Alabama Governor Continues to Reject Medicaid Expansion
As of today 28states including the District of Columbia has decided to partake in the Medicaid Expansion provision of the Affordable Care Act. However Most Southern states — including Alabama (Alabama Medicaid Expansion Rejected), Georgia, Florida, Mississippi, Tennessee, Louisiana, North Carolina and South Carolina — have opted not to extend Medicaid coverage under the Affordable Care Act.
One of these states included above is the state of Alabama. Alabama’s refusal to expand Medicaid eligibility to as many as 235,000 uninsured, low-income residents maybe hindering the state’s economic development efforts. As of March 2014, 1.02 million Alabamians were enrolled in Medicaid, the majority of whom were children and people with disabilities. Accepting Medicaid Expansion would bring much needed funds to support the current Alabama Medicaid System, and preventing long term financial challenges. This continues to be a point argued by many business experts at a recent Economic Development Association meeting part of the Alabama’s summer conference.
To date atleast a dozen rural hospitals across the state have shuttered their doors and staying on this current trajectory of holding out on Medicaid expansion for Alabama can lead to a dozen more potentially shutting down over the next two years said Dianne Howard. Howard is currently the senior vice president of government relations and emergency preparedness for the Alabama Hospital Association.
“Things are tough,” Howard said, according to AL.com. Looking back to two years ago in 2012, where the average operating margin for rural Alabama hospitals was 1.1 percent, with 22 of these hospitals operating at a negative profit margin. As time has passed, and the state’s refusal to expand Medicaid eligibility to residents making up to 138 percent of the federal poverty level the problem has intensified.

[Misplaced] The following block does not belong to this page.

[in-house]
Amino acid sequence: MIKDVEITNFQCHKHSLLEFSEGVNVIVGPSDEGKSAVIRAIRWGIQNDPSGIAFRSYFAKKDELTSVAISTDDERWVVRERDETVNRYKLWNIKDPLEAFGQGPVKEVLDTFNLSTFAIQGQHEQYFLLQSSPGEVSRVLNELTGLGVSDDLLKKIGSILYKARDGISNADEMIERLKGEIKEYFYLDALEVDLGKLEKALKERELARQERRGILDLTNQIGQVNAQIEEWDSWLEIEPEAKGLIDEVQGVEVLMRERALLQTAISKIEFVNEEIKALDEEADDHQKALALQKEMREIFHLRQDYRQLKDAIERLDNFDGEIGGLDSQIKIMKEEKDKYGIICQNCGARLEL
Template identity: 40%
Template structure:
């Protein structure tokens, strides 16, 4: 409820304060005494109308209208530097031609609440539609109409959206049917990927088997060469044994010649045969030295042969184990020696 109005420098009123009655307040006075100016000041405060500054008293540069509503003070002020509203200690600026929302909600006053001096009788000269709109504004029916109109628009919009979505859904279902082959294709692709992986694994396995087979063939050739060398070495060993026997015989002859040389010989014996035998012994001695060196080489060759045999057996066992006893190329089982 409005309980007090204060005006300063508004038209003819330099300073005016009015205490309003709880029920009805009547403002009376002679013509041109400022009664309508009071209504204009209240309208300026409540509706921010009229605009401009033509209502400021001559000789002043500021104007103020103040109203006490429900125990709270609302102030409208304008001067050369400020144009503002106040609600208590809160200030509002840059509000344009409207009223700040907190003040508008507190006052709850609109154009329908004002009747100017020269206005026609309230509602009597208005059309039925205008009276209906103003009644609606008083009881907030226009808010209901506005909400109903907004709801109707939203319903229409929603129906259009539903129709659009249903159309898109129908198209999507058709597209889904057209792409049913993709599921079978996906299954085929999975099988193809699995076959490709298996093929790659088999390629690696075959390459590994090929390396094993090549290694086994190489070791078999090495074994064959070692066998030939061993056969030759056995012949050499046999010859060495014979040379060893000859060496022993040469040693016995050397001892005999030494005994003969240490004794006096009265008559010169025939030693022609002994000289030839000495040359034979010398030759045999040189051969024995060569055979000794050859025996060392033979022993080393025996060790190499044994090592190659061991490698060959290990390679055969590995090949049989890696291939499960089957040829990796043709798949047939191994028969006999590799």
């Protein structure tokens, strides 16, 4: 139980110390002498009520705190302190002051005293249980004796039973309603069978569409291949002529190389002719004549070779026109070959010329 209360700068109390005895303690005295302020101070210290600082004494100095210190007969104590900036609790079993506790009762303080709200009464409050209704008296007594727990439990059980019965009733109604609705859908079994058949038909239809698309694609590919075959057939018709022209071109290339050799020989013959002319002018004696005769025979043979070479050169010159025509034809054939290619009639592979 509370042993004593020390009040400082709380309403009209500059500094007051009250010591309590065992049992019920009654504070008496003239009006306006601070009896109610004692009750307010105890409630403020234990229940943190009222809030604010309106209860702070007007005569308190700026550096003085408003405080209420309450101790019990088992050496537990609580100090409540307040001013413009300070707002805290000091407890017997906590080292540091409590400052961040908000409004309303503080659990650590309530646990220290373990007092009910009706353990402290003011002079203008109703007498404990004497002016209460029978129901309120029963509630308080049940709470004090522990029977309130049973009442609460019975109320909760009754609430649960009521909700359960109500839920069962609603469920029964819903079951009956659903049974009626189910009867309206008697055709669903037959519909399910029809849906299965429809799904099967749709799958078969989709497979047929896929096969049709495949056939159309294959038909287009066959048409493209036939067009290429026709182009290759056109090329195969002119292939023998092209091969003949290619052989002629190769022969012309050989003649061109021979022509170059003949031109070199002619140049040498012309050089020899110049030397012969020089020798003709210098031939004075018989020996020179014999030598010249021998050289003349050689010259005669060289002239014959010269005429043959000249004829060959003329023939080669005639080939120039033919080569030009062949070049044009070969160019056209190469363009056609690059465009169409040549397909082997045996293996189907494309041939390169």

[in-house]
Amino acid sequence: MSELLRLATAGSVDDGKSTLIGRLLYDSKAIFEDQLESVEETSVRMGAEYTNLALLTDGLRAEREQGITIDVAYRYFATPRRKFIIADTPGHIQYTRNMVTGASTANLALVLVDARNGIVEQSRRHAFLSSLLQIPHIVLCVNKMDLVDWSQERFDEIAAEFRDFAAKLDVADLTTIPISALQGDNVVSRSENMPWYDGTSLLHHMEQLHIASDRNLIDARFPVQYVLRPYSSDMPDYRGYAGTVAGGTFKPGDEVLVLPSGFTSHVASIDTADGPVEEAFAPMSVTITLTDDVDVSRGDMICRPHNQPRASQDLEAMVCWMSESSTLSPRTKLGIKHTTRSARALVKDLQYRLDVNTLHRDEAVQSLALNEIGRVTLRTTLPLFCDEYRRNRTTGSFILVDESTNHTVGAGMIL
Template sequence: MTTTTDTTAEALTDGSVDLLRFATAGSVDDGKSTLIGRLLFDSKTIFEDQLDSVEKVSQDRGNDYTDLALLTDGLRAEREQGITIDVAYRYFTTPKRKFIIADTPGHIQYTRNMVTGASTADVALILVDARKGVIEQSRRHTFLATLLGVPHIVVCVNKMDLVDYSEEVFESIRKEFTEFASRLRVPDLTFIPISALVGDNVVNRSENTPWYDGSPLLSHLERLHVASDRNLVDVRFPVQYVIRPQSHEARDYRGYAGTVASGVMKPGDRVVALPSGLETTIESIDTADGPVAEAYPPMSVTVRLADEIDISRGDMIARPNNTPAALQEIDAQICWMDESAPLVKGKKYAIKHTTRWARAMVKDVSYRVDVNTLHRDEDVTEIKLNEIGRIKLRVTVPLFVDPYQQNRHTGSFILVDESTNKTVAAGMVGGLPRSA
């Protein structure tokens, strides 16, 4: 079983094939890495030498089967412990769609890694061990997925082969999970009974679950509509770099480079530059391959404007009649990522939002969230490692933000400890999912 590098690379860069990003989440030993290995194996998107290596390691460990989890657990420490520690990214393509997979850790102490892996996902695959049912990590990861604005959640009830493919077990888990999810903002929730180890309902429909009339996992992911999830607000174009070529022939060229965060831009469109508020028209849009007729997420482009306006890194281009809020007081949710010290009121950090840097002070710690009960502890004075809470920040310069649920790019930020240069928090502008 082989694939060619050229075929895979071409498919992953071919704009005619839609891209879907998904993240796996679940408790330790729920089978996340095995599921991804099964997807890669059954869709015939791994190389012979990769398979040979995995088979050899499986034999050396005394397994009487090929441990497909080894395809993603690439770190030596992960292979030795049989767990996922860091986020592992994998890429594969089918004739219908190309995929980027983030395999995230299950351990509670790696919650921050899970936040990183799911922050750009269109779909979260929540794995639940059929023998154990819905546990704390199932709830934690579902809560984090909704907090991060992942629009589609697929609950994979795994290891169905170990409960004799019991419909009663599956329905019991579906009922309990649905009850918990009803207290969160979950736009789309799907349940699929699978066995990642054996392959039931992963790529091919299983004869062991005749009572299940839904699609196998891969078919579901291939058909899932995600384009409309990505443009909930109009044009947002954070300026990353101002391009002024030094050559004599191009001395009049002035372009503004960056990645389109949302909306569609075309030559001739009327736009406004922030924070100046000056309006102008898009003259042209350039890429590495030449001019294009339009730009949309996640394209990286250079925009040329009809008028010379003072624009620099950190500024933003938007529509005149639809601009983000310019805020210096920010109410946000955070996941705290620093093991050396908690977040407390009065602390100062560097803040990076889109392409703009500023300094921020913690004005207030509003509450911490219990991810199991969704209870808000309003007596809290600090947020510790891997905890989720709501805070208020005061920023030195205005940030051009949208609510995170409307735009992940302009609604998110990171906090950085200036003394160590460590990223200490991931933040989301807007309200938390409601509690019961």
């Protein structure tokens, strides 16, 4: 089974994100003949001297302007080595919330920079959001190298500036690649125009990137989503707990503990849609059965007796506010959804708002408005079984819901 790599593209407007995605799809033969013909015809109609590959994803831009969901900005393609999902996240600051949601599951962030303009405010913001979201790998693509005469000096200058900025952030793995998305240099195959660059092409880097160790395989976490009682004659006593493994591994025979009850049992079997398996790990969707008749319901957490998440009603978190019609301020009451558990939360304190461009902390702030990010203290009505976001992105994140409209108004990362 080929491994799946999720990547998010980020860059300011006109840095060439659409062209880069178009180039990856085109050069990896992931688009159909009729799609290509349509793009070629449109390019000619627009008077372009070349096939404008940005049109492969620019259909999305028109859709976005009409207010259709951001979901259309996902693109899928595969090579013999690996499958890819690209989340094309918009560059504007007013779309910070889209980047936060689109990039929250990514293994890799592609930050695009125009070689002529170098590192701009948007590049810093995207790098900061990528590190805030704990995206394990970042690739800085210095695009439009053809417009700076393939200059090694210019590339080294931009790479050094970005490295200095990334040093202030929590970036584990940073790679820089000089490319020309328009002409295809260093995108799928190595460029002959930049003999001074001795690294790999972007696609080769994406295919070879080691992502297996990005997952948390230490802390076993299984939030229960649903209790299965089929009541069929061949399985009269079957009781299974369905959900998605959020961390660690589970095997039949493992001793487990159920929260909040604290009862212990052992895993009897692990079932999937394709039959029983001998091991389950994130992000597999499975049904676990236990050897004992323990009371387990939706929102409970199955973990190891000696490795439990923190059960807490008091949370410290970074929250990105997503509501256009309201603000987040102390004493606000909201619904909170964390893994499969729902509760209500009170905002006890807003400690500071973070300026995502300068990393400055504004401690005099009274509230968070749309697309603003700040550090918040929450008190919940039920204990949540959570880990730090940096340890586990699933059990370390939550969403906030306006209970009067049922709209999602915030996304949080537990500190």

Gov. Robert Bentley (R) and other state lawmakers have continually rejected the expansion on grounds that it will become too costly to sustain in the long run. This an argument that most of the other governors holding out have stated since 2010. Bentley argues “We will never see an end to the plague of poverty by offering a deeper dependence on a flawed government system,” during his State of the State speech in January.
However the counter argument of business experts in Alabama and the White house is not in alignment with the governor’s view. According to a White House study released in July, that decision will cost Alabama $3.63 billion in federal funding, 15,100 jobs and $2.6 billion in increased economic activity through 2017.
While the state continue to reject Medicaid Expansion, the Alabama’s health care providers and the insured bears 100% of the costs of uninsured patients. According to business experts its a known fact that Emergency room care is the most expensive form of care, n the state of Alabama 75 percent of emergency room patients in Alabama are uninsured and they tend to enter the system at a more advanced and costly stage of illness.
Business and Politics Join Forces
In recent months, health care leaders and Democratic lawmakers in Alabama have united to advocate for Medicaid expansion, emphasizing its importance at a time when Medicare outlays for hospital services have been cut $220 billion.
Parker Griffith, Bentley’s Democratic challenger in November, has set Medicaid expansion at the forefront of his gubernatorial campaign, criticizing Bentley, who is a dermatologist, for failing to protect patients’ best interests.
Bentley’s refusal to implement Medicaid expansion is “not based on what’s best for the people in Alabama, but on the fact that he doesn’t like the current president,” Griffith, a retired oncologist who voted against the Affordable Care Act as a Republican congressman in 2010, said at a townhall-style meeting “It appalls me that a man who signs his name with the initials M.D. would put politics before helping people.”